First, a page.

REPORTER: Mr. Keyes, what does a candidate do in the final week of a campaign, when the polls show you so far behind? What does a candidate who is the underdog, or considered to be the underdog, how do you react and act in the final days of your campaign?

KEYES: I carry my message to the people of Illinois with integrity, and with strength, and with conviction, and with faith, and I do so with the knowledge that if you stand in the place God wants you to stand, the outcome will be according to His will. And that's all I care about. Do you understand? I don't think about anything else every day--and it's one of the reasons that I'm in such good spirits every day I get up, because God's in control.

REPORTER: Do you think you have a chance of winning this election?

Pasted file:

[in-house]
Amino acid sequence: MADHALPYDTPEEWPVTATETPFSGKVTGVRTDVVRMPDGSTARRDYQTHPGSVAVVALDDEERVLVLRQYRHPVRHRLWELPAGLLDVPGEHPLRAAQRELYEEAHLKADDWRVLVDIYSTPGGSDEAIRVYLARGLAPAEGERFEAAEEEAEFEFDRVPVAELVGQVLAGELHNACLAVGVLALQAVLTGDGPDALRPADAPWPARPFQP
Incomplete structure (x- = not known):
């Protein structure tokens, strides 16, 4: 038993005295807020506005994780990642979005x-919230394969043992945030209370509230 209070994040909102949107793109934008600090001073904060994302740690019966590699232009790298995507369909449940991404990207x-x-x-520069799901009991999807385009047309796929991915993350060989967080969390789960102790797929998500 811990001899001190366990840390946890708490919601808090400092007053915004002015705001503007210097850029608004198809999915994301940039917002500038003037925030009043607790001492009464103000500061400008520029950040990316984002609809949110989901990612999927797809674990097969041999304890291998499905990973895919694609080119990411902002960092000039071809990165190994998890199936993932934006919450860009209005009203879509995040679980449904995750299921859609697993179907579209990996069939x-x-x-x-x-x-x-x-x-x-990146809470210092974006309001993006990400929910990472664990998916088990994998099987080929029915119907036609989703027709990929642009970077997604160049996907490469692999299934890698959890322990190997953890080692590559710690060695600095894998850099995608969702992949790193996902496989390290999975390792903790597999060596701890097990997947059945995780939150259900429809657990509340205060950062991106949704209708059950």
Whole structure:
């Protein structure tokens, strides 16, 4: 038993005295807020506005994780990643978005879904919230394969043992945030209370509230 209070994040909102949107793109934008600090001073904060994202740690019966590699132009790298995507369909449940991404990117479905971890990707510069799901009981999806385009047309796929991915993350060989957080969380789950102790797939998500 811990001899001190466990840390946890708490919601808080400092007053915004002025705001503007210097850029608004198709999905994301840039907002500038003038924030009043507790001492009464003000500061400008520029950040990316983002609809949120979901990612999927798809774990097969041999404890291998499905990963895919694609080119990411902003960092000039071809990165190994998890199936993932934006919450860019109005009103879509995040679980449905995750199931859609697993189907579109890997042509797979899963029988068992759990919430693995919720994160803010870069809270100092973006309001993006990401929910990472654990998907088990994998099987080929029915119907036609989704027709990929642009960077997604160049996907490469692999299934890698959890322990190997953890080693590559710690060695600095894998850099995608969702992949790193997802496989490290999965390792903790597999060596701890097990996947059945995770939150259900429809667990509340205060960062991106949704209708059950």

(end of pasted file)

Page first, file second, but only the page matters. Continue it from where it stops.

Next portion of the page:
KEYES: I think I am winning this election, and I think it's going to be proven on November 2nd. But as I say, this is for God to know, and for the obtuse media in Illinois to find out.


REPORTER: Was it a worthwhile series, a worthwhile exercise, the three debates?

KEYES: Well, I don't think it was an exercise. I think it was a vitally important demonstration that was needed for many of the voters in Illinois, so that they could have unfiltered, unbiased access to the actual demeanor, pronouncements, logic, and exchange of the candidates.

I think it would have been good if Senator Obama had kept his word, and I think everybody who saw them probably feels the same. He said six. We should have had six. We should have had more first-hand exposure to other parts of the state, which aren't always taken so seriously, but which I intend to take very seriously in the United States Senate.

But I think overall it served a very useful and good purpose for the electorate--and that's all that matters. It's the voters that count in this process. What is needed to inform them, so that they can vote with integrity, with judgment, and apply both their conscience and their concerns to their vote. And I think the debates did serve that purpose, and I'm glad they did.